Sandy

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Flying is pretty rough for me, I have learned that hydration is the most important thing!

I drink as much water as humanly possible for a few days before I fly, and I continue throughout my entire trip. It is a bit annoying because I have to go to the bathroom constantly (to the point that it is always a joke when we travel), but I have found that if I hydrate, hydrate, hydrate, I feel a lot better than if I don't. That being said, even with all of that water, I still do not feel anywhere near good when I fly. I always drink a ton before we get to the airport, and then once we go through security I usually chug at least 2 bottles of water... I seem to feel alright during take off and through out most of the flight, but generally once we are starting to descend a little I start to feel awful. I always have my BP/HR monitor with me, and my pressure drops big time, of course then I get all of the fun symptoms that come with that, dizzy ,lightheaded, nausea etc., and as soon as we land (and I wish I knew why!), I all the sudden feel like I am going to vomit immediately. Luckily I usually get off the plane quickly enough that I am ok and don't throw up but once I step off that plane I feel like I have been at battle for a few days. My body is completely exhausted and run down. I usually need to sleep the remainder of the day after arriving somewhere, and for 1-2 days after that it is pretty hit or miss, I can be ok, or I can have a major POTS episode and not be able to get out of bed. Also make sure to have pretzels or your salty snack of choice with you, if I start to feel really bad I suck on pretzels to get the salt in my body.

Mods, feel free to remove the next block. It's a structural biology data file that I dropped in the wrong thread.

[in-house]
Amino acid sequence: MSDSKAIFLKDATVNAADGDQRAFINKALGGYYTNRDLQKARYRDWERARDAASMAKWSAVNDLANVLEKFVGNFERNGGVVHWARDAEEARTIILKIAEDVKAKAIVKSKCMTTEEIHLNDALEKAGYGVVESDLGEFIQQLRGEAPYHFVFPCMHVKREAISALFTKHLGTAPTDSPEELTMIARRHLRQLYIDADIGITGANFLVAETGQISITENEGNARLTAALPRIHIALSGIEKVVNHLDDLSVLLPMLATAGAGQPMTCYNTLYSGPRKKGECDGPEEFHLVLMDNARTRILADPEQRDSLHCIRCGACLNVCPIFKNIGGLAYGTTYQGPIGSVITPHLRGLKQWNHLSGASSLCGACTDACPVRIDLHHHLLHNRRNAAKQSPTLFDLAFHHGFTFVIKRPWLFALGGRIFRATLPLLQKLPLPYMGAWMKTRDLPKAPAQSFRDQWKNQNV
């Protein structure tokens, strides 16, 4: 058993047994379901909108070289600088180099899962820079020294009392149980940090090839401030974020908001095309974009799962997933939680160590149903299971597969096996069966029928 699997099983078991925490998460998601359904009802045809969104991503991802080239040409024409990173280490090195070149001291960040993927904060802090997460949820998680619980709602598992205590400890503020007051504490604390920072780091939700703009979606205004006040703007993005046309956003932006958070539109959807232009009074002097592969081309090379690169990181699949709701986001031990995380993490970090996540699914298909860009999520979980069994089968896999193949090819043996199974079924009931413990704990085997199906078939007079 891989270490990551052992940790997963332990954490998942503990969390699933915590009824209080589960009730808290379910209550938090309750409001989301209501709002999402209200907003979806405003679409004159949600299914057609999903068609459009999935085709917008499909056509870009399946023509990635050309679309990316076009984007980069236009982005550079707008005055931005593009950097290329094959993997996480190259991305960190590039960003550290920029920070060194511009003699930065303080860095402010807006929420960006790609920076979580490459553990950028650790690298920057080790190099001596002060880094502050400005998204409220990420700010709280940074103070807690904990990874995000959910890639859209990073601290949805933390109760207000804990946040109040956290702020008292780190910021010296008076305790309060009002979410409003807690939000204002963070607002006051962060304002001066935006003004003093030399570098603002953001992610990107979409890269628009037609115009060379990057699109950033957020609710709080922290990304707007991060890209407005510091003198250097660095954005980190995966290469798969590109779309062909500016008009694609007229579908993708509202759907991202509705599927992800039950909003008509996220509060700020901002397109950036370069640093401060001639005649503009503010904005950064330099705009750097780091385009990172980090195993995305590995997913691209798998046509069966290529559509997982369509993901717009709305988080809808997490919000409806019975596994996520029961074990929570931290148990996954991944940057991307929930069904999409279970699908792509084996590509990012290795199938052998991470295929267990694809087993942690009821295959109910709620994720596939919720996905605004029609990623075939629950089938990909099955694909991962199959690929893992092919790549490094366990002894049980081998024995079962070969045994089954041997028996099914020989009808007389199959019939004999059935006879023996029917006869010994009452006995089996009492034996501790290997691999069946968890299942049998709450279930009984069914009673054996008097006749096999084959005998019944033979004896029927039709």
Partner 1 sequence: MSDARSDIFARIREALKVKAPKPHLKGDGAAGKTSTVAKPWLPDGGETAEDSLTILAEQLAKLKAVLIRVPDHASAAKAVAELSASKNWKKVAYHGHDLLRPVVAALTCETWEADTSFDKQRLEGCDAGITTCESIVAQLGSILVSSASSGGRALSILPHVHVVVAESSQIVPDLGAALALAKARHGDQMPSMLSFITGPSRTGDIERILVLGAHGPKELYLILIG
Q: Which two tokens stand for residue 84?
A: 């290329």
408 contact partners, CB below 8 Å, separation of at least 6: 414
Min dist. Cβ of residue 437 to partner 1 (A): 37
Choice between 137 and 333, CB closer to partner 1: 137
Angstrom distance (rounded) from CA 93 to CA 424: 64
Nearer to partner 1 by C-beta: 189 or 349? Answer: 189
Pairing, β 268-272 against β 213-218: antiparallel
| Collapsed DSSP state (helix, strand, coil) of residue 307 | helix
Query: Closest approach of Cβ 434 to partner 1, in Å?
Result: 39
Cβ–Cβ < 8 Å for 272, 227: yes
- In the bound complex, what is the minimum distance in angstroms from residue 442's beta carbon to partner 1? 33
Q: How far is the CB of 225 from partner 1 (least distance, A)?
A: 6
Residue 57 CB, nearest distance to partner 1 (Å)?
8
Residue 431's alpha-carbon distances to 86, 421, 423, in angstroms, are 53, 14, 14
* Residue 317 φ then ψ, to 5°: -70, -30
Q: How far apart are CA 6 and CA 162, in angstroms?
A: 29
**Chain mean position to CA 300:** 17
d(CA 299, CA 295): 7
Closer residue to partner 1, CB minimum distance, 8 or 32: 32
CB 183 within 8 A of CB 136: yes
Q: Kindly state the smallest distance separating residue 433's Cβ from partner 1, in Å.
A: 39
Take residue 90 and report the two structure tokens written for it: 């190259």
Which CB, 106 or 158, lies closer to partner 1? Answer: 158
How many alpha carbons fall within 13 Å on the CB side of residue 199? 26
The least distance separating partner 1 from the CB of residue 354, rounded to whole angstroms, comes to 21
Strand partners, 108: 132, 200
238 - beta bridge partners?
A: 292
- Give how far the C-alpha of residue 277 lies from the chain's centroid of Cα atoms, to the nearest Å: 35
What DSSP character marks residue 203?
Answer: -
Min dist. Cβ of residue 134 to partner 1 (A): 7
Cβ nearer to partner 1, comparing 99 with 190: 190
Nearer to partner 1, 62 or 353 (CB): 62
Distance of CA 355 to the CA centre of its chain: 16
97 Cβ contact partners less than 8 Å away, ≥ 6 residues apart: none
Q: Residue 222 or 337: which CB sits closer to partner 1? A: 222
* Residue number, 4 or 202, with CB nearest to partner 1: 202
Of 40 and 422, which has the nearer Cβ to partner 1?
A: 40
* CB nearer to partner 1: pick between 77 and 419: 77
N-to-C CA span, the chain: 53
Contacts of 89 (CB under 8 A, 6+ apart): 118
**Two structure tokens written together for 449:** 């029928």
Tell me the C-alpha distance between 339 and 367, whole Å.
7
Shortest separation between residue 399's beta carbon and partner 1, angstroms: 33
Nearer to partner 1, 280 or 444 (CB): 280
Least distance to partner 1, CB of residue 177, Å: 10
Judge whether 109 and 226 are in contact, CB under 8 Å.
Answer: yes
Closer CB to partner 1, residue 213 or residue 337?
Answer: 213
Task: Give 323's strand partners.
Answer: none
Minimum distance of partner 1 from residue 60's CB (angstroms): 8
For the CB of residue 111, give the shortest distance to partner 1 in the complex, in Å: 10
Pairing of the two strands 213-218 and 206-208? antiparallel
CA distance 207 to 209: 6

I try to pad my timing on my trips, meaning...I try my best to have 1-3 days where if I feel like **** and need to sleep and rest and do nothing my plans are flexible enough that I am able to do that. I also do the same thing when I get home, I try to have a minimum of 1 day when I get back to recover from travel The few times that I haven't given myself at least a day I have ended up in bed for a week because of it.